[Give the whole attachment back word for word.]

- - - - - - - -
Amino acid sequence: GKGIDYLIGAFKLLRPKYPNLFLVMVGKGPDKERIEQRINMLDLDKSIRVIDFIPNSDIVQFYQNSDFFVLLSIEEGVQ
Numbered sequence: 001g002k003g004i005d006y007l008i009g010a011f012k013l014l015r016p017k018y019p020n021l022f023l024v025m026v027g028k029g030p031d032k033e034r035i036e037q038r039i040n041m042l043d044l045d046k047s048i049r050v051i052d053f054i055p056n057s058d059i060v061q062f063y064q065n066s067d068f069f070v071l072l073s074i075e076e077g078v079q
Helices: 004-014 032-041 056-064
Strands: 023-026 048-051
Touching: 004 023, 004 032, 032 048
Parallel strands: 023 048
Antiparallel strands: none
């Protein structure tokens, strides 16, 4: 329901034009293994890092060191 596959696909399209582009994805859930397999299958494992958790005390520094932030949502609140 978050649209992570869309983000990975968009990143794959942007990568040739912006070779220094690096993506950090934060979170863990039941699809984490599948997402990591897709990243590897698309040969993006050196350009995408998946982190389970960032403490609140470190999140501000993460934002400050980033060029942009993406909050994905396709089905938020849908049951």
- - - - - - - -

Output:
Amino acid sequence: GKGIDYLIGAFKLLRPKYPNLFLVMVGKGPDKERIEQRINMLDLDKSIRVIDFIPNSDIVQFYQNSDFFVLLSIEEGVQ
Numbered sequence: 001g002k003g004i005d006y007l008i009g010a011f012k013l014l015r016p017k018y019p020n021l022f023l024v025m026v027g028k029g030p031d032k033e034r035i036e037q038r039i040n041m042l043d044l045d046k047s048i049r050v051i052d053f054i055p056n057s058d059i060v061q062f063y064q065n066s067d068f069f070v071l072l073s074i075e076e077g078v079q
Helices: 004-014 032-041 056-064
Strands: 023-026 048-051
Touching: 004 023, 004 032, 032 048
Parallel strands: 023 048
Antiparallel strands: none
């Protein structure tokens, strides 16, 4: 329901034009293994890092060191 596959696909399209582009994805859930397999299958494992958790005390520094932030949502609140 978050649209992570869309983000990975968009990143794959942007990568040739912006070779220094690096993506950090934060979170863990039941699809984490599948997402990591897709990243590897698309040969993006050196350009995408998946982190389970960032403490609140470190999140501000993460934002400050980033060029942009993406909050994905396709089905938020849908049951």